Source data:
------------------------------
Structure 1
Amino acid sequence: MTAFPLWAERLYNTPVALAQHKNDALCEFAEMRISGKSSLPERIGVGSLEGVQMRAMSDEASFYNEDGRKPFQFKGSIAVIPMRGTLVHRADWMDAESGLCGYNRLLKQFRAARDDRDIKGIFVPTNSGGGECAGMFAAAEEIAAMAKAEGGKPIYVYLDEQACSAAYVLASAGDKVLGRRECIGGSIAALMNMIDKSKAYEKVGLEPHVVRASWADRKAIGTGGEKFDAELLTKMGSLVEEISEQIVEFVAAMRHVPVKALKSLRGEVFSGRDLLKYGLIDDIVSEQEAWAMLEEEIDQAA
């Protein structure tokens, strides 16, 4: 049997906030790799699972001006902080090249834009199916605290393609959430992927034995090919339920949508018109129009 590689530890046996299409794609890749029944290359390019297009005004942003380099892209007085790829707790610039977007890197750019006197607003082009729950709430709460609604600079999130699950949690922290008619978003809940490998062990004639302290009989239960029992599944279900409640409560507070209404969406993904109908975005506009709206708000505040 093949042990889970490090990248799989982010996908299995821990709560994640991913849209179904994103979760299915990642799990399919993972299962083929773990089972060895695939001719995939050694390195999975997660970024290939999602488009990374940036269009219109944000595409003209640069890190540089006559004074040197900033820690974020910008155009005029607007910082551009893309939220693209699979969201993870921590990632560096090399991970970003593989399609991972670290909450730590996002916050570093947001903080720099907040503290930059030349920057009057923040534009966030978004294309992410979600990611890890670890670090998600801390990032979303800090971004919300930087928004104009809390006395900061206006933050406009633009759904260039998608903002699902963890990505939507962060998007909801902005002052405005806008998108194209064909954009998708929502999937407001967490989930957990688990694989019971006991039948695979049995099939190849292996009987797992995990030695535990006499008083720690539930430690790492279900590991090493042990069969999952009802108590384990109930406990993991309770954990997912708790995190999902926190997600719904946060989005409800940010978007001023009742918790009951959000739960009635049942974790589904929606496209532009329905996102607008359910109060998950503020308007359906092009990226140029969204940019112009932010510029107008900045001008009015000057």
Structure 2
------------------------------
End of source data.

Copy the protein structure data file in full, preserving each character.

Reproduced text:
Structure 1
Amino acid sequence: MTAFPLWAERLYNTPVALAQHKNDALCEFAEMRISGKSSLPERIGVGSLEGVQMRAMSDEASFYNEDGRKPFQFKGSIAVIPMRGTLVHRADWMDAESGLCGYNRLLKQFRAARDDRDIKGIFVPTNSGGGECAGMFAAAEEIAAMAKAEGGKPIYVYLDEQACSAAYVLASAGDKVLGRRECIGGSIAALMNMIDKSKAYEKVGLEPHVVRASWADRKAIGTGGEKFDAELLTKMGSLVEEISEQIVEFVAAMRHVPVKALKSLRGEVFSGRDLLKYGLIDDIVSEQEAWAMLEEEIDQAA
């Protein structure tokens, strides 16, 4: 049997906030790799699972001006902080090249834009199916605290393609959430992927034995090919339920949508018109129009 590689530890046996299409794609890749029944290359390019297009005004942003380099892209007085790829707790610039977007890197750019006197607003082009729950709430709460609604600079999130699950949690922290008619978003809940490998062990004639302290009989239960029992599944279900409640409560507070209404969406993904109908975005506009709206708000505040 093949042990889970490090990248799989982010996908299995821990709560994640991913849209179904994103979760299915990642799990399919993972299962083929773990089972060895695939001719995939050694390195999975997660970024290939999602488009990374940036269009219109944000595409003209640069890190540089006559004074040197900033820690974020910008155009005029607007910082551009893309939220693209699979969201993870921590990632560096090399991970970003593989399609991972670290909450730590996002916050570093947001903080720099907040503290930059030349920057009057923040534009966030978004294309992410979600990611890890670890670090998600801390990032979303800090971004919300930087928004104009809390006395900061206006933050406009633009759904260039998608903002699902963890990505939507962060998007909801902005002052405005806008998108194209064909954009998708929502999937407001967490989930957990688990694989019971006991039948695979049995099939190849292996009987797992995990030695535990006499008083720690539930430690790492279900590991090493042990069969999952009802108590384990109930406990993991309770954990997912708790995190999902926190997600719904946060989005409800940010978007001023009742918790009951959000739960009635049942974790589904929606496209532009329905996102607008359910109060998950503020308007359906092009990226140029969204940019112009932010510029107008900045001008009015000057």
Structure 2